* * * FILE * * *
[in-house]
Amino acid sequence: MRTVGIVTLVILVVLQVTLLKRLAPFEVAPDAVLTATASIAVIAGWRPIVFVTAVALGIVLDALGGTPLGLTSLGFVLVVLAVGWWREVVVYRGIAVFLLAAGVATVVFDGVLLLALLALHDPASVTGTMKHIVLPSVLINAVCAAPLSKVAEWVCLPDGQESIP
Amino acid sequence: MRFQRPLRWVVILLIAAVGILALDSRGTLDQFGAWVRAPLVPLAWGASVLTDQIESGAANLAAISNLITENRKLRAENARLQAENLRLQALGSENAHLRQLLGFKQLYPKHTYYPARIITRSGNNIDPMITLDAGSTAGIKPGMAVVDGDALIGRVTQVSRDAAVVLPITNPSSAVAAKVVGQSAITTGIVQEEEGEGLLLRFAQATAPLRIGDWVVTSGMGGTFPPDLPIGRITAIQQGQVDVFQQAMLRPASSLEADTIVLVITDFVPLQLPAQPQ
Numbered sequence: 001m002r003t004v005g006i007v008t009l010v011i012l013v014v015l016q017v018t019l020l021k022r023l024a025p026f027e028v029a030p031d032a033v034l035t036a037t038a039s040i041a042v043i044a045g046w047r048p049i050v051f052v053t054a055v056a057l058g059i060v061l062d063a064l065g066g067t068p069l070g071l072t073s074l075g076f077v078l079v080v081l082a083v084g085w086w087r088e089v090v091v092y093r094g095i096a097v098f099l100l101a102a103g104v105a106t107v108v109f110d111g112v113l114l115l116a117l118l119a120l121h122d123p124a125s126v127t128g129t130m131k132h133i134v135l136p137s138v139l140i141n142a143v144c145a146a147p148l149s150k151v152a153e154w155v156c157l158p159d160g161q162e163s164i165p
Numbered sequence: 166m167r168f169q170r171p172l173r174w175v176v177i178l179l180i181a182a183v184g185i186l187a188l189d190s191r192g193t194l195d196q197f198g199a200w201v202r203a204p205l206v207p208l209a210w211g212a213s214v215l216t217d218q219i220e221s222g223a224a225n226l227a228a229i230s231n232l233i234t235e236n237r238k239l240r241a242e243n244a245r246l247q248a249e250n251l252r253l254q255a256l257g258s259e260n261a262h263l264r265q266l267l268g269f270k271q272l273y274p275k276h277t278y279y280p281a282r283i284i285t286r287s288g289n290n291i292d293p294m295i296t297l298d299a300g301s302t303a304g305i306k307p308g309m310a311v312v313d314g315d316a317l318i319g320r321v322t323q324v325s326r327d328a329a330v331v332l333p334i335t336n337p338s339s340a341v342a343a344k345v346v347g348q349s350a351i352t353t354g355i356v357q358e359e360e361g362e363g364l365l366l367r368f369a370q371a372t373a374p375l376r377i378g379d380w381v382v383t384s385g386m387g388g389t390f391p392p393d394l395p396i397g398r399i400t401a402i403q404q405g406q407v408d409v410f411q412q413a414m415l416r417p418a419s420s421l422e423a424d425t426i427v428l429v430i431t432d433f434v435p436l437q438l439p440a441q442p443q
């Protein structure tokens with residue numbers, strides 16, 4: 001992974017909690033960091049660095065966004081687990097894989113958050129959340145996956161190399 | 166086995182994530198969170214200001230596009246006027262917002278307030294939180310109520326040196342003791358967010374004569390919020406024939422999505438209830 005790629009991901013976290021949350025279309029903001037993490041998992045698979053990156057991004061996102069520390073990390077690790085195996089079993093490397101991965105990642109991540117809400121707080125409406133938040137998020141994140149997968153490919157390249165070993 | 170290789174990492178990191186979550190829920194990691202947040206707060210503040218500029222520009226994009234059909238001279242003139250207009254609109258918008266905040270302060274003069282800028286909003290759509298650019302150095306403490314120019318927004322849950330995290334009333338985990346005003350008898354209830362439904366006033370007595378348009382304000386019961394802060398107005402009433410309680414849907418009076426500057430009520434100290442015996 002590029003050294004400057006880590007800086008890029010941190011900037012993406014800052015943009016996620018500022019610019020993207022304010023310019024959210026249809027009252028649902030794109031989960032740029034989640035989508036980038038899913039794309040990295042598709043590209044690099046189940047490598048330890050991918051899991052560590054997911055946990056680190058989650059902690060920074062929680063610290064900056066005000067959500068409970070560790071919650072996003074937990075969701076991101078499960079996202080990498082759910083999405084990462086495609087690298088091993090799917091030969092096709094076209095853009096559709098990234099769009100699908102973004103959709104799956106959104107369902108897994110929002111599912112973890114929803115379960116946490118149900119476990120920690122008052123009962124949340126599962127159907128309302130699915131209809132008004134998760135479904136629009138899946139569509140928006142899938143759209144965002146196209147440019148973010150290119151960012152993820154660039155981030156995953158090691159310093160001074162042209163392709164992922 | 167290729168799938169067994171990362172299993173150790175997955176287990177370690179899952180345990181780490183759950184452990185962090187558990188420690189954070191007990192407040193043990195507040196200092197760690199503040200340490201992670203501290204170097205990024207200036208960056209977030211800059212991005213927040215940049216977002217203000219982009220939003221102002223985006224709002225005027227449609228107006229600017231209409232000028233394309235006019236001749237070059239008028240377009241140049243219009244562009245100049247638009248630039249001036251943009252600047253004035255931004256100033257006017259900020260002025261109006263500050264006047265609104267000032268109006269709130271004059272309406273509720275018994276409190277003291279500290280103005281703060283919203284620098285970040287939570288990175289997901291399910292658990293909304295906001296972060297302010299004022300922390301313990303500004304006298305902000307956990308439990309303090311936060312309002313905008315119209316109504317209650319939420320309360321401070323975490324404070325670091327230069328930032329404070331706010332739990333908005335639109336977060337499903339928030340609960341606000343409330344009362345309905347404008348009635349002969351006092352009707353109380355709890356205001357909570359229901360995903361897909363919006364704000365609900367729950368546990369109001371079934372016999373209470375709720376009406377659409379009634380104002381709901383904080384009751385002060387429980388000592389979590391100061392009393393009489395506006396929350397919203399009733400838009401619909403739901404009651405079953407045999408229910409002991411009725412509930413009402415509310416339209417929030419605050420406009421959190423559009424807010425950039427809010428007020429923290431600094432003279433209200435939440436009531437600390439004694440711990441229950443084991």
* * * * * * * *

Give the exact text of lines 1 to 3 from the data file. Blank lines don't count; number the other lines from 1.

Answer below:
[in-house]
Amino acid sequence: MRTVGIVTLVILVVLQVTLLKRLAPFEVAPDAVLTATASIAVIAGWRPIVFVTAVALGIVLDALGGTPLGLTSLGFVLVVLAVGWWREVVVYRGIAVFLLAAGVATVVFDGVLLLALLALHDPASVTGTMKHIVLPSVLINAVCAAPLSKVAEWVCLPDGQESIP
Amino acid sequence: MRFQRPLRWVVILLIAAVGILALDSRGTLDQFGAWVRAPLVPLAWGASVLTDQIESGAANLAAISNLITENRKLRAENARLQAENLRLQALGSENAHLRQLLGFKQLYPKHTYYPARIITRSGNNIDPMITLDAGSTAGIKPGMAVVDGDALIGRVTQVSRDAAVVLPITNPSSAVAAKVVGQSAITTGIVQEEEGEGLLLRFAQATAPLRIGDWVVTSGMGGTFPPDLPIGRITAIQQGQVDVFQQAMLRPASSLEADTIVLVITDFVPLQLPAQPQ